hugovk at GMAIL.COM
Sat Feb 8 11:04:52 UTC 2014
ProQuest Historical Newspapers: The Guardian (1821-2003) and The
An unverified Google Books snippet:
Educating the intelligent child - Page 24
Victor Serebriakoff - 1990 - Snippet view
However, we have to beware of what I call 'But- what-about?-ism\ There
is an absurd concept of morality which says that no good thing shall
be done for anyone unless it can be done for everyone. Because, sadly,
there are people with no legs ...
You say that " history is very important as it causes
the issues of modern time." I agree. But I think it was Seamus Mallon,
leader of the Social Democratic and Labour Party in NI (the party which
continues to attract the support of the majority of Nationalist voters
through its support for unification through democratic and constitutional
methods) who referred to the curse of NI politics of "whataboutism" -- "what
about 1914?" "what about 1648?". When you've got two groups living in
the same place with long-standing and legitimate grievances against each
other they can either continue to rake over the coals to no conclusion ever
or they can they can say something like "we've got very good reasons for not
liking each other and not trusting each other, but we've got to find some
way of living together and running our own affairs in a half-way civilised
Wikipedia: "Seamus Frederick Mallon (born 17 August 1936) is an Irish
politician who was the first deputy First Minister of Northern Ireland
from 1998 to 2001."
Thus missing my point - that as soon as someone condemns one thing
in Northern Ireland a bout of "whataboutism" starts listing atrocities by
other groups. There is an assumption that somone who criticises, say,
Republican groups is a Loyalist sympathiser or pro-British and vica versa.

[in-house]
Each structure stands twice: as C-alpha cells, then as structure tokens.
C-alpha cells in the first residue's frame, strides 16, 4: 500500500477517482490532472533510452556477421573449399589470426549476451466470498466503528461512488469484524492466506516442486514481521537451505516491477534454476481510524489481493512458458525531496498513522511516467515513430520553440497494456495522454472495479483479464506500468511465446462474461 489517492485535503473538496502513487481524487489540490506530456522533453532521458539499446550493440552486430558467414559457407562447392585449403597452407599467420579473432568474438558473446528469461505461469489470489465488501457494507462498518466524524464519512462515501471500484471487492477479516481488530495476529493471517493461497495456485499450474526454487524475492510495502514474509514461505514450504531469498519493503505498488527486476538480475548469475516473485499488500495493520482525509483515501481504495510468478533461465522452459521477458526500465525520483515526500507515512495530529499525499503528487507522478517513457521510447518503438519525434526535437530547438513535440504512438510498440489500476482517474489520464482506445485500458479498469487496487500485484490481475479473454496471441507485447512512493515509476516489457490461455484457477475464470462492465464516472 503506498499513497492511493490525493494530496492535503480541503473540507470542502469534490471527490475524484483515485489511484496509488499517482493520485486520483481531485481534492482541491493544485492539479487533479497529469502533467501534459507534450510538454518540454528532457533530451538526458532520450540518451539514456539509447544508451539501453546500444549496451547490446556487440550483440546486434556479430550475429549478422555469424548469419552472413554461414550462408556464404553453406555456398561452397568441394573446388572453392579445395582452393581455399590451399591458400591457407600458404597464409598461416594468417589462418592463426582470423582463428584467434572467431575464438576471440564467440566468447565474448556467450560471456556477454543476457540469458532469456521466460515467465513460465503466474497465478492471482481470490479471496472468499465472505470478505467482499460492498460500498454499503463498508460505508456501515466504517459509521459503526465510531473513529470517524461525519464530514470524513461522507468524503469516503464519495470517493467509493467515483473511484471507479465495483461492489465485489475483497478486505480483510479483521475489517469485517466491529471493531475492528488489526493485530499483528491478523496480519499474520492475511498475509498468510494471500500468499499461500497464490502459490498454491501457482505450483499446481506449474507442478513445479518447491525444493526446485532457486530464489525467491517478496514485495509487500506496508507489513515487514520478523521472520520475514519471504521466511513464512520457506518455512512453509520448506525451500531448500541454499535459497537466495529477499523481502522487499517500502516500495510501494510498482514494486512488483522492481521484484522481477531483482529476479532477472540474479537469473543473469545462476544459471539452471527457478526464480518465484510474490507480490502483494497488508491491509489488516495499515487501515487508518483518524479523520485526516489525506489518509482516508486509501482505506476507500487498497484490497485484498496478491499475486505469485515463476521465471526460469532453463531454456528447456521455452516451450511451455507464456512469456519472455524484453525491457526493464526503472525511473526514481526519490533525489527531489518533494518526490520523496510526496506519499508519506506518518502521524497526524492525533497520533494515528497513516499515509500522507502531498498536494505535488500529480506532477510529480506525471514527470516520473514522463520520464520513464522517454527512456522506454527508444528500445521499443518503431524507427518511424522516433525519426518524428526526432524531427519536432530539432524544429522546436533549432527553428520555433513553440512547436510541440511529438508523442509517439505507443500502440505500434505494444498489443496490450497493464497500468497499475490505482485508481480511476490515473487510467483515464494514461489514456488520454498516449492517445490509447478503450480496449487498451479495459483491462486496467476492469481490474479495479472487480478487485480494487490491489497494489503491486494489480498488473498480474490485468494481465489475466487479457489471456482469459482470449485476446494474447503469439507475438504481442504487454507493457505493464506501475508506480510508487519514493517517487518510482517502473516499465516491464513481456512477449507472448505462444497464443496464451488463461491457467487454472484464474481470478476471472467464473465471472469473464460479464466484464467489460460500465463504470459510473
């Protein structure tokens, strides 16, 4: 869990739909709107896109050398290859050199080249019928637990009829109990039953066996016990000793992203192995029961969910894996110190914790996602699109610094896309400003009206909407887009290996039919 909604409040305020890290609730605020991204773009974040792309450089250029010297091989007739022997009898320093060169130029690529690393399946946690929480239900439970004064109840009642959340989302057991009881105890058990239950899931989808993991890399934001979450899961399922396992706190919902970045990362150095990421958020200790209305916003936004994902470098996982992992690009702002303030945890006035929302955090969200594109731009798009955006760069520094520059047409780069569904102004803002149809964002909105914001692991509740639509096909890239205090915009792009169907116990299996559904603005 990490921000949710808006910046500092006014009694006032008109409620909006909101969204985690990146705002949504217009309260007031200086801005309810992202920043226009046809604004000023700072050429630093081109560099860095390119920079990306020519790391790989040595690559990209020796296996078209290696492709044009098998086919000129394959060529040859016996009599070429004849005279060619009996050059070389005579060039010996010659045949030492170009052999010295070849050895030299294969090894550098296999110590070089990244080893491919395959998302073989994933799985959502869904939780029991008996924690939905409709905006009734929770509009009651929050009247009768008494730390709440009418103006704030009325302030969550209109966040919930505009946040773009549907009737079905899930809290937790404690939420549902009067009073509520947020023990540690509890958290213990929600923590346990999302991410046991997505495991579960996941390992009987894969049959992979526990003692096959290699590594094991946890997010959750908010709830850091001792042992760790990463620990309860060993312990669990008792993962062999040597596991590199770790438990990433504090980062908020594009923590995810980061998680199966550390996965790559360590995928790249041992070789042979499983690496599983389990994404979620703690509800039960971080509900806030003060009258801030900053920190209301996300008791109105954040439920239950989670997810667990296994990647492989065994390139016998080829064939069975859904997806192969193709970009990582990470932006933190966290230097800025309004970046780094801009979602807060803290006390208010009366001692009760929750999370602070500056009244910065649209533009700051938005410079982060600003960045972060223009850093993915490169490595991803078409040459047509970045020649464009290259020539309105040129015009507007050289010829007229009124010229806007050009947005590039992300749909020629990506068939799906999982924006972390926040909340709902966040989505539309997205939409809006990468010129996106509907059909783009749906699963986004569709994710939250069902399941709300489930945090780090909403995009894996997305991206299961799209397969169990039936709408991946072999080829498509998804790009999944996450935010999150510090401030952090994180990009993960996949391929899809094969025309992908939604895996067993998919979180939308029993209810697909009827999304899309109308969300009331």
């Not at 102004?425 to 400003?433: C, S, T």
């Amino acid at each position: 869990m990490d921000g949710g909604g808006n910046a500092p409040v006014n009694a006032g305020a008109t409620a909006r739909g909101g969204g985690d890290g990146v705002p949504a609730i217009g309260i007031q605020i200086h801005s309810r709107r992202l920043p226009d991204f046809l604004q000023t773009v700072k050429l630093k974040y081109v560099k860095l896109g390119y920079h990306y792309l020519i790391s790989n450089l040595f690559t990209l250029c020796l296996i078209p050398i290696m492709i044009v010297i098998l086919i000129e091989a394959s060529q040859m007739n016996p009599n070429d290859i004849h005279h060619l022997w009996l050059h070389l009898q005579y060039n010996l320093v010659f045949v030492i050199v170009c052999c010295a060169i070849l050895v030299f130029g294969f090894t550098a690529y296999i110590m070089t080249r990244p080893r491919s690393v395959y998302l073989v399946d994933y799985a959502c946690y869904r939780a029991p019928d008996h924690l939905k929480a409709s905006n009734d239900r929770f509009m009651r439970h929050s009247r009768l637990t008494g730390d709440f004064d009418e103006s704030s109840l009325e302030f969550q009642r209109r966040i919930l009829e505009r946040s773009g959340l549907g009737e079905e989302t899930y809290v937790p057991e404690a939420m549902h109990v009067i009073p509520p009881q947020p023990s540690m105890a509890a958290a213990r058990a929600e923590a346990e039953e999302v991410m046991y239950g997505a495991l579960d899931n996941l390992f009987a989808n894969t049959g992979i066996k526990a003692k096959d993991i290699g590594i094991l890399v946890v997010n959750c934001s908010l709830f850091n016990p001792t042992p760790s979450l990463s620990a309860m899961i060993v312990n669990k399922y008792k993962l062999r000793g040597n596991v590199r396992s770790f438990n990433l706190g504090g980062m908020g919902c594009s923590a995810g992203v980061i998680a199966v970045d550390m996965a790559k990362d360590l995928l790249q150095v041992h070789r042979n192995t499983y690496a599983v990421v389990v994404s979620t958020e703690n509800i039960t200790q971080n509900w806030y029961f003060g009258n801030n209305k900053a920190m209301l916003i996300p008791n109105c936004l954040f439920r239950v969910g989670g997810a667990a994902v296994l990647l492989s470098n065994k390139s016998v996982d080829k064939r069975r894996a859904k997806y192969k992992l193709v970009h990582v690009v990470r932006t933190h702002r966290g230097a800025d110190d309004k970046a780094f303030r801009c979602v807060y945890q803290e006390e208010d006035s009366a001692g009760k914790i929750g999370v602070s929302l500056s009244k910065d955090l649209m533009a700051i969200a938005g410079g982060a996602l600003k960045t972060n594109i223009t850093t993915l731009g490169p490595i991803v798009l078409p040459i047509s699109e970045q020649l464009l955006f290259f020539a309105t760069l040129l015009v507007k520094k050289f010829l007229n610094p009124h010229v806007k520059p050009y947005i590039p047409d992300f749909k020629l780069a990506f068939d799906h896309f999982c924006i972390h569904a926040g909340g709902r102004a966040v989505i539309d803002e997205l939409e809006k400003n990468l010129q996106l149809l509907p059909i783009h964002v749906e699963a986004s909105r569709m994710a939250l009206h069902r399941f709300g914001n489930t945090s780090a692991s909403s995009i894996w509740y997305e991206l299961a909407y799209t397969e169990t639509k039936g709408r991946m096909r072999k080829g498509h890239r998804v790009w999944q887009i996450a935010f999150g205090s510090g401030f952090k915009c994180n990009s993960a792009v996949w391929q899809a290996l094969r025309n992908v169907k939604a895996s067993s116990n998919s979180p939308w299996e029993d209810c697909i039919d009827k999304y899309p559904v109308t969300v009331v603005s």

This paragraph contains almost everything to be expected from an
Israel cheerleader: the `whataboutism' (`the Palestinians' attacking
He singled out Edward Said for
particular chastisement, accusing the Middle Eastern literary critic of
engaging in shameless whataboutism -- the tendency to excuse the atrocity of
September 11 by pointing to the victims of American foreign policy. Islamic
fundamentalists may have bombed the World Trade Center, but whatabout.?
So we move quickly past a condemnation of mass murder to a cascade of
whataboutism. Americans died on 11 September, that¹s terrible, but what
about the victims of American foreign policy? In the present, Palestinians
and Iraqis. Half a century back, Iran. For decades, Soviet apologists were
quick with their riposte to Americans: ³What about the Red Indians?²
Whataboutism is the stuff of feuds, not politics. It is not an engagement
with reality, but a retreat from it into stampeding certainty.
A 2007 World Wide Words newsletter:
WHATABOUTISM Barry Rein found this in The Economist of 29 October.
It means to change the focus of an argument or deflect criticism by
raising a different issue - "never mind this injustice, what about
... ". It's not quite a neologism. There are various examples to be
found in discussion forums online, though it is vanishingly rare in
print. One online post said it was used in Northern Ireland during
the Troubles by Seamus Mallon of the Social Democratic and Labour
Party, who called it "the curse of Northern Irish politics".
As an aside, the 2008 Economist article says:
For example: A caller to a radio program asks, "What is the average
wage of an American manual worker?" A long pause ensues. Then the
answer comes: "U nich negrov linchuyut" ("Over there they lynch
Negroes")--a phrase that, by the time of the Soviet collapse, had
become a synecdoche for Soviet propaganda as a whole.
A brief 2008 Russian discussion of it (which mentions the WWW
newsletter) under the title includes this (Google translated) reply:
[Begin Google translation]
And I remember the bearded anecdote, where it was " and you hang Negroes . "
The short version:
Nixon says Brezhnev: "You in stores empty! Salaries small. Books of
interest could not be found ..." Brezhnev retorted: "And you hang
The American Dialect Society - http://www.americandialect.org
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